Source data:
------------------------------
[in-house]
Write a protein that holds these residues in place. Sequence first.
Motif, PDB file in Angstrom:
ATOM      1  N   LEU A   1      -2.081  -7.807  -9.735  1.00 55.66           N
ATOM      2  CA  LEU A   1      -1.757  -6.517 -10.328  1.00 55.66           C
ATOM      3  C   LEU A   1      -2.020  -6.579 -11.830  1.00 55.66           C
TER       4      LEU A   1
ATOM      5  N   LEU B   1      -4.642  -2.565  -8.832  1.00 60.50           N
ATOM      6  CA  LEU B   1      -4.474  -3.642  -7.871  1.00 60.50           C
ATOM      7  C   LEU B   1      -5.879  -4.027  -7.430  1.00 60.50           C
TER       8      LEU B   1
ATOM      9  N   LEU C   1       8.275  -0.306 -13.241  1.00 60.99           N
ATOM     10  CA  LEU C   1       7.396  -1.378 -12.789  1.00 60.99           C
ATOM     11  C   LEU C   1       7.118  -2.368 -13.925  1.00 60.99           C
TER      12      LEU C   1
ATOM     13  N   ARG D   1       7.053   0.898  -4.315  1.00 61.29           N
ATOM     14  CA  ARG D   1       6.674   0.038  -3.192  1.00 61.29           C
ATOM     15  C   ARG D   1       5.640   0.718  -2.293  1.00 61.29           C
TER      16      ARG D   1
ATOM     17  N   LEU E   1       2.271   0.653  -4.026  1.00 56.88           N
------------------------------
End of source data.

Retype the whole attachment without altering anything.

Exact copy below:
[in-house]
Write a protein that holds these residues in place. Sequence first.
Motif, PDB file in Angstrom:
ATOM      1  N   LEU A   1      -2.081  -7.807  -9.735  1.00 55.66           N
ATOM      2  CA  LEU A   1      -1.757  -6.517 -10.328  1.00 55.66           C
ATOM      3  C   LEU A   1      -2.020  -6.579 -11.830  1.00 55.66           C
TER       4      LEU A   1
ATOM      5  N   LEU B   1      -4.642  -2.565  -8.832  1.00 60.50           N
ATOM      6  CA  LEU B   1      -4.474  -3.642  -7.871  1.00 60.50           C
ATOM      7  C   LEU B   1      -5.879  -4.027  -7.430  1.00 60.50           C
TER       8      LEU B   1
ATOM      9  N   LEU C   1       8.275  -0.306 -13.241  1.00 60.99           N
ATOM     10  CA  LEU C   1       7.396  -1.378 -12.789  1.00 60.99           C
ATOM     11  C   LEU C   1       7.118  -2.368 -13.925  1.00 60.99           C
TER      12      LEU C   1
ATOM     13  N   ARG D   1       7.053   0.898  -4.315  1.00 61.29           N
ATOM     14  CA  ARG D   1       6.674   0.038  -3.192  1.00 61.29           C
ATOM     15  C   ARG D   1       5.640   0.718  -2.293  1.00 61.29           C
TER      16      ARG D   1
ATOM     17  N   LEU E   1       2.271   0.653  -4.026  1.00 56.88           N